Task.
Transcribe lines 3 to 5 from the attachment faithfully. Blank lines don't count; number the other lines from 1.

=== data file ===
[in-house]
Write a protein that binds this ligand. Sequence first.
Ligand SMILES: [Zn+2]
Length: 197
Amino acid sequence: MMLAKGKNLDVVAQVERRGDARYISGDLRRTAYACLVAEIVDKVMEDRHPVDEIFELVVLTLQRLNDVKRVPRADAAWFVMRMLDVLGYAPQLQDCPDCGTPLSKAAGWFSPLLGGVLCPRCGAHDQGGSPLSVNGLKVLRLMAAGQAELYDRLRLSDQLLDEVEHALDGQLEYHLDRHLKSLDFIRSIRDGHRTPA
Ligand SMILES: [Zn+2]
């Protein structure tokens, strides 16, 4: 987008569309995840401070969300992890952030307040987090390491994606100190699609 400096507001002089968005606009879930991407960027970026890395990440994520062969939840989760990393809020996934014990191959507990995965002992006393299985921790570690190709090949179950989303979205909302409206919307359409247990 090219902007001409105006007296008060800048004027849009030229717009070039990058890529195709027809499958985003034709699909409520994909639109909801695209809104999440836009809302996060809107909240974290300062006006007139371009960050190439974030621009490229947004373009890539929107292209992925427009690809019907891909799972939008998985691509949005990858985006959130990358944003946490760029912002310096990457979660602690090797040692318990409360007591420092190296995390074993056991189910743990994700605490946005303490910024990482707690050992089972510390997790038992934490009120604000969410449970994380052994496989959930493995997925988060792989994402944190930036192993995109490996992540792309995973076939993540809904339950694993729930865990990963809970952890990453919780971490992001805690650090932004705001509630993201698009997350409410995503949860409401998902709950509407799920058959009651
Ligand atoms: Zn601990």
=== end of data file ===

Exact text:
Ligand SMILES: [Zn+2]
Length: 197
Amino acid sequence: MMLAKGKNLDVVAQVERRGDARYISGDLRRTAYACLVAEIVDKVMEDRHPVDEIFELVVLTLQRLNDVKRVPRADAAWFVMRMLDVLGYAPQLQDCPDCGTPLSKAAGWFSPLLGGVLCPRCGAHDQGGSPLSVNGLKVLRLMAAGQAELYDRLRLSDQLLDEVEHALDGQLEYHLDRHLKSLDFIRSIRDGHRTPA